For the number of inspirational, based-on-a-true-story sports films there are in existence – it seems like we get at least one new one every year – most seem to believe in either being serious, or being serious with lightly funny moments. It’s appropriate, then, that Eddie the Eagle twists the formula a bit in the way producer Matthew Vaughn tweaked superhero and spy films with his directorial efforts Kick-Ass and Kingsman: The Secret Service, to similar success.
For Eddie Edwards (Taron Egerton), his dream in life is to become an Olympian. He put all of his energy as a kid into practicing, whether it was pole-vaulting, holding his breath, or any number of other activities. Unfortunately, poor eyesight, bad knees and a lack of natural athletic ability held him back. He finally comes close after shifting focus to the Winter Olympics, and nearly places as a downhill skier. Key word: nearly. But Eddie finds a loophole: with Britain not sending a ski jumper, he only has to jump a particular distance to qualify as Britain’s ski jumper at the 1988 Winter Olympics.
Eddie’s journey, though, goes beyond just landing the right distance. Eddie faces obstacles all around him. The British Olympic Association shuns him for not coming from the “right” places. The other ski jumpers at the place he eventually trains ignore him, too. Even his own father refuses to encourage him, tired of his wife’s insistence on supporting their son’s dream. And yet, Eddie remains incredibly optimistic.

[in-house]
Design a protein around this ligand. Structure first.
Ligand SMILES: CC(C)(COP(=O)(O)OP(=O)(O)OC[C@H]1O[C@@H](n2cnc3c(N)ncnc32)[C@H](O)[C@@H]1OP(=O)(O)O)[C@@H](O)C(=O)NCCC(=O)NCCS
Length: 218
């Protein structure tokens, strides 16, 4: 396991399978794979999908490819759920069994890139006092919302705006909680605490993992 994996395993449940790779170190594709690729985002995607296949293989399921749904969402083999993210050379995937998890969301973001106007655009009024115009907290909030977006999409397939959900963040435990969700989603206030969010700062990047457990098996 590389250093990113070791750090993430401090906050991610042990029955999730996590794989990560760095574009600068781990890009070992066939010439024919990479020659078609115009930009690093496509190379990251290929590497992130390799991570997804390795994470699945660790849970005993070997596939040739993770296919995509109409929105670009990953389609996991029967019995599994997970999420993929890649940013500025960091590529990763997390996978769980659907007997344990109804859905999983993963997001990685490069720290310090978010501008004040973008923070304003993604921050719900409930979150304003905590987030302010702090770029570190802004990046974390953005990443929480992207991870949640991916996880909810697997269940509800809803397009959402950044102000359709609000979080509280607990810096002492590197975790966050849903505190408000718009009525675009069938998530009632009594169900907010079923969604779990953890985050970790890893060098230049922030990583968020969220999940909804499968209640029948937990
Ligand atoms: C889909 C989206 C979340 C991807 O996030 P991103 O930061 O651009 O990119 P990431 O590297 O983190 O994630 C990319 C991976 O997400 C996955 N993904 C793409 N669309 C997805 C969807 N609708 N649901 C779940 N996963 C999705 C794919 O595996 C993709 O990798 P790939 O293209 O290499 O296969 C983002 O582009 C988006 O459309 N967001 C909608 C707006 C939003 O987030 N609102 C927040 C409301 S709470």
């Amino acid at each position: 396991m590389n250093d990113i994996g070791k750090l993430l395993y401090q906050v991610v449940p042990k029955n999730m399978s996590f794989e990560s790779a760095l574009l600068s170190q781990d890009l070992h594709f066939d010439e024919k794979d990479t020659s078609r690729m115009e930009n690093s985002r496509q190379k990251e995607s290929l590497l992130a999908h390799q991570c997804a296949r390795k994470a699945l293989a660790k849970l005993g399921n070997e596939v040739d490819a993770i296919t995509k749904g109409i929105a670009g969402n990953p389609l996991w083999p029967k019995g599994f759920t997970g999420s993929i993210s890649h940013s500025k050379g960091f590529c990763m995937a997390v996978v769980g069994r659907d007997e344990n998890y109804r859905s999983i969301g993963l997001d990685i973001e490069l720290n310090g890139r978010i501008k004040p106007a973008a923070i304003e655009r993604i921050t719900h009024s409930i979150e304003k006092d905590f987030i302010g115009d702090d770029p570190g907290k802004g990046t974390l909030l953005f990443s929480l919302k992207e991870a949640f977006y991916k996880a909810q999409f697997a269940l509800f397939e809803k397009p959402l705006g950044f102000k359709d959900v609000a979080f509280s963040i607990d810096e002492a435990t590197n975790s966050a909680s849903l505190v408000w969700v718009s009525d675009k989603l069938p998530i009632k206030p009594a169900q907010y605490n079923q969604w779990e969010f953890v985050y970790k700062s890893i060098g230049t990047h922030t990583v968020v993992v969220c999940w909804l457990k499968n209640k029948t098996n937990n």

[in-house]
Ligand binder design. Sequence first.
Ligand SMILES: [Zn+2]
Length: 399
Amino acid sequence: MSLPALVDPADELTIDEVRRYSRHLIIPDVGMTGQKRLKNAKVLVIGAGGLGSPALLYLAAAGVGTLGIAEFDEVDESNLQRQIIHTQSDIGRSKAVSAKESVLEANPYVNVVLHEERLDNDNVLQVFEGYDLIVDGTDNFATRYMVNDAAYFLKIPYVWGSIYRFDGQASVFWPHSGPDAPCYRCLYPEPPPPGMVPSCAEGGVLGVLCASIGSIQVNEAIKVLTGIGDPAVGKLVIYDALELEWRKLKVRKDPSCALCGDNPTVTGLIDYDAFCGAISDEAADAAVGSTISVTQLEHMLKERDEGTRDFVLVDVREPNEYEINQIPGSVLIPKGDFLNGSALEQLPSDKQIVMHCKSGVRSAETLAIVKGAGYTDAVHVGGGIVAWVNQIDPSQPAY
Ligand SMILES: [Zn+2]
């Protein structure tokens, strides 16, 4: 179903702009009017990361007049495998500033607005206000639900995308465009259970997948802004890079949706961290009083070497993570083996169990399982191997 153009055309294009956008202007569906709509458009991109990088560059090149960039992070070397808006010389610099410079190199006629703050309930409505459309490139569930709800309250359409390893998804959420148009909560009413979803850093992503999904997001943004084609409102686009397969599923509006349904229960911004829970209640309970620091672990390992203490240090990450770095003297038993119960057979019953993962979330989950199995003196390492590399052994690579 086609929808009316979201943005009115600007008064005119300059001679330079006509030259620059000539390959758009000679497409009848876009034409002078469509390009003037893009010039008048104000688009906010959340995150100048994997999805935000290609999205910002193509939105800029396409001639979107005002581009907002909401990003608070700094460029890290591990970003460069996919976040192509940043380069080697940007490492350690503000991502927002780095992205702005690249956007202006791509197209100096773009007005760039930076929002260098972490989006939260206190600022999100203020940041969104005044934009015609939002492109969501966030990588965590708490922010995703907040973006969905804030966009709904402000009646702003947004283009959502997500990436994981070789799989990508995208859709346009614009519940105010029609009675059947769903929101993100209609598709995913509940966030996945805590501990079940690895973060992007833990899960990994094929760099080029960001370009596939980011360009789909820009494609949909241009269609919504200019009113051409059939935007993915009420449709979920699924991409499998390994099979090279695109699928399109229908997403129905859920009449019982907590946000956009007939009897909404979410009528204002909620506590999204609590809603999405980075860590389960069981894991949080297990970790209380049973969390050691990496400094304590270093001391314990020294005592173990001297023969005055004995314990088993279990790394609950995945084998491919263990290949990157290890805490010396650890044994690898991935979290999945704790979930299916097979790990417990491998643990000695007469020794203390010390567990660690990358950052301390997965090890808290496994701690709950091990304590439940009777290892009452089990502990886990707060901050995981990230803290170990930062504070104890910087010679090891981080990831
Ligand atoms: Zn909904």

It helps that he has former Olympian Bronson Peary (Hugh Jackman) as his trainer. Peary, who was once a promising member of coach Warren Sharp’s (Christopher Walken) US Olympic ski jumping team, got the boot because he lacked the focus and discipline to be better. Now he handles maintenance at Eddie’s training facility, frequently drinking from the flask he refers to as his jacket (in lieu of an actual jacket). With little in common beyond a shared love for ski jumping, Eddie and Peary are able to create a bond that pushes both forward.
After breaking out with Kingsman last year, it’s good to see Egerton shine in a film that’s completely his. His take on Eddie is certainly hammed up, but it works in the context of this film, which is about a man who was very enthusiastic in front of the whole world. He also has great chemistry with Jackman, and the two play off of each other so well, it’s slightly disheartening during the brief times they aren’t together once they meet.
The film also wisely approaches its tone, mixing the comedy that comes from Eddie’s energy with bursts of intensity that reflect the dangerous nature of ski jumping. The synth-heavy 80s score captures the era in a way most films of this type fail to do, and helps to keep the mood light as well. But then, the film shows a brutal crash, or a ramp that, even from the ground, looks frightening. And while director Dexter Fletcher captures the jumps effectively, he’s helped by a script that calls attention to what Eddie needs to do. Specifically, after Eddie spends some time trying to learn from watching others, he’s given instructions from Peary that are both incredibly informative and undeniably silly. From that scene on, though, it’s a lot easier to understand what exactly Eddie needs to do in order to not only succeed, but stay as physically safe as possible.
I’m honestly not sure how much of Eddie the Eagle is factual, beyond Egerton being much more…physically filled out than the real Eddie “The Eagle” Edwards. But for whatever creative licenses the film takes with the story, the result is as positive and inspirational as one could want. This isn’t the story of an underdog who shocks everyone by becoming a champion. Eddie’s ultimate goal isn’t to win: it’s to be able to race in the first place. It’s an unusual end goal for this type of film, but it’s in many ways more inspiring.